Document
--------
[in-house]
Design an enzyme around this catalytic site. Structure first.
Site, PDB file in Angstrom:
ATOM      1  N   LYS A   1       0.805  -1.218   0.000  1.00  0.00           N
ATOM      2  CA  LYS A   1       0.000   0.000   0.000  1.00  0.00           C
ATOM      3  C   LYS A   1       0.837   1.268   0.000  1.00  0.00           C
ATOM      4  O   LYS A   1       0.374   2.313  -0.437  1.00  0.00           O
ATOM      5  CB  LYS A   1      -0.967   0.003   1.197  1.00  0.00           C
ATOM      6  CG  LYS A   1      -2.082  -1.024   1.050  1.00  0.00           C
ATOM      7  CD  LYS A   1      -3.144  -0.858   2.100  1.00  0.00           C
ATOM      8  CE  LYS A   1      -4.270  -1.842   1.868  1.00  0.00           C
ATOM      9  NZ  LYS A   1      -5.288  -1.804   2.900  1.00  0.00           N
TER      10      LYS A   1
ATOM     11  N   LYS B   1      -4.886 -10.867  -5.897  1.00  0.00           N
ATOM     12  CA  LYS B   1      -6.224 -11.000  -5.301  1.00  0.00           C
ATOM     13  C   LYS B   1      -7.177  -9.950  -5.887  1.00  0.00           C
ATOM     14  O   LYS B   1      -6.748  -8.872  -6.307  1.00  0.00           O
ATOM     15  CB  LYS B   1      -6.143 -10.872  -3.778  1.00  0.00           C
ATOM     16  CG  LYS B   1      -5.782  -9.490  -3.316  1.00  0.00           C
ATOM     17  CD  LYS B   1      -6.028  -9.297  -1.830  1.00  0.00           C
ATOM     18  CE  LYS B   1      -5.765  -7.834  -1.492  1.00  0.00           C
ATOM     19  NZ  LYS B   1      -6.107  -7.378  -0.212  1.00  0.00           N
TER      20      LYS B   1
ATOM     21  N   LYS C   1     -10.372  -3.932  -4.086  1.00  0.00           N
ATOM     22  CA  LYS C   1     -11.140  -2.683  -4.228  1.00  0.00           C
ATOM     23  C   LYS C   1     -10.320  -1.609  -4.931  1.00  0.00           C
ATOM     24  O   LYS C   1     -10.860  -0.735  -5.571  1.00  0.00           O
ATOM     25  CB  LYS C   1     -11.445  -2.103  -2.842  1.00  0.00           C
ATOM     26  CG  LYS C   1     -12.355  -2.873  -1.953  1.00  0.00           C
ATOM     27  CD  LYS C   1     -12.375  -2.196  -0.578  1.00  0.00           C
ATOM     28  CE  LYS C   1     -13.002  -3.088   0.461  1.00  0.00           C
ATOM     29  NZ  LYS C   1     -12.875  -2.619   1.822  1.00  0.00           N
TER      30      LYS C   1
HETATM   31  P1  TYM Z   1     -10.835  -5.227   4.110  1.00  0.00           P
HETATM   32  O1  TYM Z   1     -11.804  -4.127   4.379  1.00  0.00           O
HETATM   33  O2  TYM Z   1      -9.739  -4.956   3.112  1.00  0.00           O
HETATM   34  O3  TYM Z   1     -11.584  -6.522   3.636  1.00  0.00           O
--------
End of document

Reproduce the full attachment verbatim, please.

[in-house]
Design an enzyme around this catalytic site. Structure first.
Site, PDB file in Angstrom:
ATOM      1  N   LYS A   1       0.805  -1.218   0.000  1.00  0.00           N
ATOM      2  CA  LYS A   1       0.000   0.000   0.000  1.00  0.00           C
ATOM      3  C   LYS A   1       0.837   1.268   0.000  1.00  0.00           C
ATOM      4  O   LYS A   1       0.374   2.313  -0.437  1.00  0.00           O
ATOM      5  CB  LYS A   1      -0.967   0.003   1.197  1.00  0.00           C
ATOM      6  CG  LYS A   1      -2.082  -1.024   1.050  1.00  0.00           C
ATOM      7  CD  LYS A   1      -3.144  -0.858   2.100  1.00  0.00           C
ATOM      8  CE  LYS A   1      -4.270  -1.842   1.868  1.00  0.00           C
ATOM      9  NZ  LYS A   1      -5.288  -1.804   2.900  1.00  0.00           N
TER      10      LYS A   1
ATOM     11  N   LYS B   1      -4.886 -10.867  -5.897  1.00  0.00           N
ATOM     12  CA  LYS B   1      -6.224 -11.000  -5.301  1.00  0.00           C
ATOM     13  C   LYS B   1      -7.177  -9.950  -5.887  1.00  0.00           C
ATOM     14  O   LYS B   1      -6.748  -8.872  -6.307  1.00  0.00           O
ATOM     15  CB  LYS B   1      -6.143 -10.872  -3.778  1.00  0.00           C
ATOM     16  CG  LYS B   1      -5.782  -9.490  -3.316  1.00  0.00           C
ATOM     17  CD  LYS B   1      -6.028  -9.297  -1.830  1.00  0.00           C
ATOM     18  CE  LYS B   1      -5.765  -7.834  -1.492  1.00  0.00           C
ATOM     19  NZ  LYS B   1      -6.107  -7.378  -0.212  1.00  0.00           N
TER      20      LYS B   1
ATOM     21  N   LYS C   1     -10.372  -3.932  -4.086  1.00  0.00           N
ATOM     22  CA  LYS C   1     -11.140  -2.683  -4.228  1.00  0.00           C
ATOM     23  C   LYS C   1     -10.320  -1.609  -4.931  1.00  0.00           C
ATOM     24  O   LYS C   1     -10.860  -0.735  -5.571  1.00  0.00           O
ATOM     25  CB  LYS C   1     -11.445  -2.103  -2.842  1.00  0.00           C
ATOM     26  CG  LYS C   1     -12.355  -2.873  -1.953  1.00  0.00           C
ATOM     27  CD  LYS C   1     -12.375  -2.196  -0.578  1.00  0.00           C
ATOM     28  CE  LYS C   1     -13.002  -3.088   0.461  1.00  0.00           C
ATOM     29  NZ  LYS C   1     -12.875  -2.619   1.822  1.00  0.00           N
TER      30      LYS C   1
HETATM   31  P1  TYM Z   1     -10.835  -5.227   4.110  1.00  0.00           P
HETATM   32  O1  TYM Z   1     -11.804  -4.127   4.379  1.00  0.00           O
HETATM   33  O2  TYM Z   1      -9.739  -4.956   3.112  1.00  0.00           O
HETATM   34  O3  TYM Z   1     -11.584  -6.522   3.636  1.00  0.00           O